aside, and the mind be as white paper. let them be dutiful, tractable,
and self-diffident, and take the word as the word of a father, which
comes both with authority and with affection. We must see it coming
from God as our Father in heaven, to whom we pray, from whom we
expect blessings, the Father of our spirits, to whom we ought to be in
subjection, that we may live. We must look upon our teachers as our
fathers, who love us and seek our welfare; and therefore though the
instruction carry in it reproof and correction, for so the word
signifies, yet we must bid it welcome. Now,
(1.) To recommend it to us, we are told, not only that it is the
instruction of a father, but that it is understanding,
and therefore should be welcome to intelligent creatures. Religion has
reason on its side, and we are taught it by fair reasoning. It is a law
but that law is founded upon doctrine, upon unquestionable principles
of truth, upon good doctrine, which is not only faithful, but
worthy of all acceptation. If we admit the doctrine, we cannot but
submit to the law.
(2.) To rivet it in us, we are directed to receive it as a gift, to
attend to it with all diligence, to attend so as to know it, for
otherwise we cannot do it, and not to forsake it by disowning the
doctrine or disobeying the law.
II. The instructions he gives them. Observe,
1. How he came by these instructions; he had them from his parents, and
teaches his children the same that they taught him,
(1.) His parents loved him, and therefore taught him: I was my
father's son. David had many sons, but Solomon was his son
indeed, as Isaac is called
and for the same reason, because on him the covenant was entailed. He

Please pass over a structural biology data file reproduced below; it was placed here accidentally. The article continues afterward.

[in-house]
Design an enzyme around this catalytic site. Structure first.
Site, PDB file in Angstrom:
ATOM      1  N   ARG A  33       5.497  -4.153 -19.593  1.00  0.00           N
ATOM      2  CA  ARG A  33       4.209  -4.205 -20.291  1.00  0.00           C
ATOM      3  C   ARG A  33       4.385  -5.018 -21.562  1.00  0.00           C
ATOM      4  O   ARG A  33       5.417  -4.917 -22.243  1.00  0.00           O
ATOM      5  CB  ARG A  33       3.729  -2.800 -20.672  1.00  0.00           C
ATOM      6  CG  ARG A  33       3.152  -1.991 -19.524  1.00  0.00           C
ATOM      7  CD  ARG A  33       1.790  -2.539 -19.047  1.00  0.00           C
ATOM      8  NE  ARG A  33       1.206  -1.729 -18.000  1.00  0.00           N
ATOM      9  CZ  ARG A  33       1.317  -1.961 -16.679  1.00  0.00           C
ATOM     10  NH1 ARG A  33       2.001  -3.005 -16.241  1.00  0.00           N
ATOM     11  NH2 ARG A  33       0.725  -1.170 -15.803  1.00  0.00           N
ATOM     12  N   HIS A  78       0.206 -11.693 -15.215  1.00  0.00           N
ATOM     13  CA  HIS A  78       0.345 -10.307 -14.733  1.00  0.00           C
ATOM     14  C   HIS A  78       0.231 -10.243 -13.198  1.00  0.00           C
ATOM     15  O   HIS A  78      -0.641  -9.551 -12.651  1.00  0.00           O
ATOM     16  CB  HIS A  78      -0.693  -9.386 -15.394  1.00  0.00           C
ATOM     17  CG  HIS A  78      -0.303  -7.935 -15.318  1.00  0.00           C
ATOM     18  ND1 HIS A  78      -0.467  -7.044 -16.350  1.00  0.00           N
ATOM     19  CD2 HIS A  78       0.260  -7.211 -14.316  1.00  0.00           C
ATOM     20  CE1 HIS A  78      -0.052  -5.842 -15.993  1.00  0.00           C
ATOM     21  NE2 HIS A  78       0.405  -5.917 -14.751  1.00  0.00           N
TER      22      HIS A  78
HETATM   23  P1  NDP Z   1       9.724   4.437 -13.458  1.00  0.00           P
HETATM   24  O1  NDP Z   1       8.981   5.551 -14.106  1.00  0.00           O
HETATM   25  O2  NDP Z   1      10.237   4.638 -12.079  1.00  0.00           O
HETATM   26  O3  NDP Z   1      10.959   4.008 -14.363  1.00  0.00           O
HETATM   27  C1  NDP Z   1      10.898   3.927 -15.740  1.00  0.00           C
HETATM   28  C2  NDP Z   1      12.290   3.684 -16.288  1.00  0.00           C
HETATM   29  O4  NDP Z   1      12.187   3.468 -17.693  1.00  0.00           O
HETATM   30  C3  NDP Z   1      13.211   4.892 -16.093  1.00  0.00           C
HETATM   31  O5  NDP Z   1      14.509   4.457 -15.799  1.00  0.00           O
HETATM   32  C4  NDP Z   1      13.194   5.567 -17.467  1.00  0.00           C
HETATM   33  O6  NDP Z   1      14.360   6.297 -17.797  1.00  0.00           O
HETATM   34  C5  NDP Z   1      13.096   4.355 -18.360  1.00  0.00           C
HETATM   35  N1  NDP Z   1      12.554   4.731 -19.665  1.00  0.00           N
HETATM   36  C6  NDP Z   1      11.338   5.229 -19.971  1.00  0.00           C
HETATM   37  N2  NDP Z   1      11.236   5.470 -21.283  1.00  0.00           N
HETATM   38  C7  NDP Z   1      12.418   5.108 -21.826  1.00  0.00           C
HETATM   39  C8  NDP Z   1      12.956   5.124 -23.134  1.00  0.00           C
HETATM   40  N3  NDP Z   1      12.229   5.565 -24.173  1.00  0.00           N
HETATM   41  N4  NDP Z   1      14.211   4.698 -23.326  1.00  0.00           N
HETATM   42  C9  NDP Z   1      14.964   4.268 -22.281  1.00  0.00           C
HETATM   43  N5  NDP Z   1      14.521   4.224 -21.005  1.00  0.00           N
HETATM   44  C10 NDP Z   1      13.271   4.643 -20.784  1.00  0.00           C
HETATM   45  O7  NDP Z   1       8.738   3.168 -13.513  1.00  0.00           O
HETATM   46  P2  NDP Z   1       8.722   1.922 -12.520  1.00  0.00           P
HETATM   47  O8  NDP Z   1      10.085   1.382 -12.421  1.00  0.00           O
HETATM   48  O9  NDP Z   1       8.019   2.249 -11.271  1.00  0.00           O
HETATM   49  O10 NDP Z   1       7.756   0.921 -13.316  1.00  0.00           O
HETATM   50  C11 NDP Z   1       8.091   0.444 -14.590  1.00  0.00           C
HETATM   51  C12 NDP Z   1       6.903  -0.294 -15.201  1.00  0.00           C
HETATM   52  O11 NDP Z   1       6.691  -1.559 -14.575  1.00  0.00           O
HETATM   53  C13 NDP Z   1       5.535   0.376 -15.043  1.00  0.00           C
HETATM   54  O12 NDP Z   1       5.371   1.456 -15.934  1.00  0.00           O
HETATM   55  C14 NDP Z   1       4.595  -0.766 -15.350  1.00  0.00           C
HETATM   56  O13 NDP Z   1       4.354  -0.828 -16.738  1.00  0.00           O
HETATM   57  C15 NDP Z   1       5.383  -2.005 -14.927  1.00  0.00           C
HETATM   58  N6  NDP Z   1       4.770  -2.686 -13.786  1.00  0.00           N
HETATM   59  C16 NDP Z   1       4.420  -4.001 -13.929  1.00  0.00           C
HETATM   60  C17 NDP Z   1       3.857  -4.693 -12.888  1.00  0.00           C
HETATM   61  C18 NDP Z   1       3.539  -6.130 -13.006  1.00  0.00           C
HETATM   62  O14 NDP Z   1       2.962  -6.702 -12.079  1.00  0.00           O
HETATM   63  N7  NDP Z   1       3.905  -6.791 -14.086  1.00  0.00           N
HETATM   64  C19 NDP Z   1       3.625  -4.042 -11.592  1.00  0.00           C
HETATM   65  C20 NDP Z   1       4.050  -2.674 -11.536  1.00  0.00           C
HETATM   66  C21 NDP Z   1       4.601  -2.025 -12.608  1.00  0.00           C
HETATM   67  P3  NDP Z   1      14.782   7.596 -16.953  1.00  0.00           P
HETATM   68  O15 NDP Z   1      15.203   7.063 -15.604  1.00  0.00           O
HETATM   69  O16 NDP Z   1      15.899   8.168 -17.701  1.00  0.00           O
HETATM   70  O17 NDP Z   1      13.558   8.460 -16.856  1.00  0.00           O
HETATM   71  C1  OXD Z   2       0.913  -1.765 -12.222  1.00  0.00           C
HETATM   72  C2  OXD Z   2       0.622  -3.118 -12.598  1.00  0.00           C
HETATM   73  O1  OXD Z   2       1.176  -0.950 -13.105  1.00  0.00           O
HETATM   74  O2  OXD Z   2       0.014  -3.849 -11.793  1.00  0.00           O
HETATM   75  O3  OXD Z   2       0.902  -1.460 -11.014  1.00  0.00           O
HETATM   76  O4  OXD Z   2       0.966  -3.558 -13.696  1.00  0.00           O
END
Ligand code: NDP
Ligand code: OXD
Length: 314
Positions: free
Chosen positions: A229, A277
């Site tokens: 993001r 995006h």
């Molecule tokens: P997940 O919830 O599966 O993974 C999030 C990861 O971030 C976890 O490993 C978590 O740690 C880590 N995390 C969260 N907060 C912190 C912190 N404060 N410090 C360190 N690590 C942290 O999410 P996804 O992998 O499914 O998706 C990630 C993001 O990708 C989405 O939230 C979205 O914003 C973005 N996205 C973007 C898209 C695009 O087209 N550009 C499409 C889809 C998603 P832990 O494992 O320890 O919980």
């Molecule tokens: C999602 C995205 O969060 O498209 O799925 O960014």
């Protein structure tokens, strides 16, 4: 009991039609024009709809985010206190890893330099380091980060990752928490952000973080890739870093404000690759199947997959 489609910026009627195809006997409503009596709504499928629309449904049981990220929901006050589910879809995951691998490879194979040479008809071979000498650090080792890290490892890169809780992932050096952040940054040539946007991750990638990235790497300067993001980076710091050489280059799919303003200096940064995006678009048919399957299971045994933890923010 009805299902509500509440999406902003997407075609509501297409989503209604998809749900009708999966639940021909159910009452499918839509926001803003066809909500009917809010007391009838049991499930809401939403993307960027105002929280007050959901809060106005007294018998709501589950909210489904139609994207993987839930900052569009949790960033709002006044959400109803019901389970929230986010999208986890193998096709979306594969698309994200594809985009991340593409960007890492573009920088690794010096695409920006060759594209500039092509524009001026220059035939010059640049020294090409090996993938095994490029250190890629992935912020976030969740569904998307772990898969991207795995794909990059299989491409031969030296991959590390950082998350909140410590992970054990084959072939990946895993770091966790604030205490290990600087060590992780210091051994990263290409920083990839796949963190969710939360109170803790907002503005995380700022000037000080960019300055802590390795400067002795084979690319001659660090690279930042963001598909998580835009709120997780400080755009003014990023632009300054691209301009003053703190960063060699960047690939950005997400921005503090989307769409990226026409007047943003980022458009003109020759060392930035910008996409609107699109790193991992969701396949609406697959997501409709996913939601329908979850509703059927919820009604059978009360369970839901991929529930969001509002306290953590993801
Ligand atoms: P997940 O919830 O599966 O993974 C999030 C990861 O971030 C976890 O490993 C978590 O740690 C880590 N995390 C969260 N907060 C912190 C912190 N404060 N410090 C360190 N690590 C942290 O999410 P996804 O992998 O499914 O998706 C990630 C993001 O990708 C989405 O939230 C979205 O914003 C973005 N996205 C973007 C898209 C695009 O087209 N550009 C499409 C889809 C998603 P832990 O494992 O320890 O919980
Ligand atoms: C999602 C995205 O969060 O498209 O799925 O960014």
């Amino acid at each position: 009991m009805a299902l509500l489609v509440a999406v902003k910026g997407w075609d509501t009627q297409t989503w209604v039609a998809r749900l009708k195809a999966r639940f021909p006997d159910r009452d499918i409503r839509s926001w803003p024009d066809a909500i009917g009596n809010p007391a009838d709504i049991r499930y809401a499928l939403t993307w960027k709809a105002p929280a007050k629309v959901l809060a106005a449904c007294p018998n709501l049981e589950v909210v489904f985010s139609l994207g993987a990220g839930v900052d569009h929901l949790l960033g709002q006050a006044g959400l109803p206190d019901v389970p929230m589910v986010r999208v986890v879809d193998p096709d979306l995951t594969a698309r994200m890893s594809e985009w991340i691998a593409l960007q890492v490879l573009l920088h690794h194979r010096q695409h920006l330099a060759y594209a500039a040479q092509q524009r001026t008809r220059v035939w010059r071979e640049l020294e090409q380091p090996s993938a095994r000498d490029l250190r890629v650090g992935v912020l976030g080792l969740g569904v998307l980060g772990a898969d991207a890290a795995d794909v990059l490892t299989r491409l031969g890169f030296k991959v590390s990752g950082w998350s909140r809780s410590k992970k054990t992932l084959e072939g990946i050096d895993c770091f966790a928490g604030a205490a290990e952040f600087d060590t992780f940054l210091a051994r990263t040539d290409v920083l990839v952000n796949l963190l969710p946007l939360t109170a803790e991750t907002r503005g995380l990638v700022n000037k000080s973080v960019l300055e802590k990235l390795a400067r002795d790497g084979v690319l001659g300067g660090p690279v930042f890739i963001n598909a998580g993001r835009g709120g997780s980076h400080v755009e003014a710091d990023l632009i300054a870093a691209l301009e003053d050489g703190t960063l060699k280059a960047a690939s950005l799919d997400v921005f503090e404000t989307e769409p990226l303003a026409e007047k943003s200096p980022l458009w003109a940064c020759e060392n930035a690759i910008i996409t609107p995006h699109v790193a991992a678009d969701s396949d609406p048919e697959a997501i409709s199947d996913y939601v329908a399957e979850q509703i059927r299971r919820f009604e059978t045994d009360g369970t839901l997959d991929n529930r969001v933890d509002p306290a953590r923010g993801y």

was his father's darling, above any of his children. God had a special
kindness for Solomon (the prophet called him Jedidiah, because
the Lord loved him,
2 Samuel 12:25),
and for that reason David had a special kindness for him, for he was a
man after God's own heart. If parents may ever love one child better
than another, it must not be till it plainly appears that God does so.
He was tender, and only beloved, in the sight of his mother.
Surely there was a manifest reason for making such a distinction when
both the parents made it. Now we see how they showed their love; they
catechised him, kept him to his book, and held him to a strict
discipline. Though he was a prince, and heir-apparent to the crown, yet
they did not let him live at large; nay, therefore they tutored him
thus. And perhaps David was the more strict with Solomon in his
education because he had seen the ill effects of an undue indulgence in
Adonijah, whom he had not crossed in any thing
(1 Kings 1:6),
as also in Absalom.
(2.) What his parents taught him he teaches others. Observe,
[1.] When Solomon was grown up he not only remembered, but took a
pleasure in repeating, the good lessons his parents taught him when he
was a child. He did not forget them, so deep were the impressions they
made upon him. He was not ashamed of them, such a high value had he for
them, nor did he look upon them as the childish things, the mean
things, which, when he became a man, a king, he should put away, as a
disparagement to him; much less did he repeat them: as some wicked
children have done, to ridicule them, and make his companions merry
with them, priding himself that he had got clear from grave lessons and
[2.] Though Solomon was a wise man himself, and divinely inspired, yet,
when he was to teach wisdom, he did not think it below him to quote his
father and to make use of his words. Those that would learn well, and
teach well, in religion, must not affect new-found notions and
new-coined phrases, so as to look with contempt upon the knowledge and
language of their predecessors; if we must keep to the good old way,
why should we scorn the good old words?
[3.] Solomon, having been well educated by his parents, thought himself
thereby obliged to give his children a good education, the same that
his parents had given him; and this is one way in which we must requite
our parents for the pains they took with us, even by showing piety at
1 Timothy 5:4.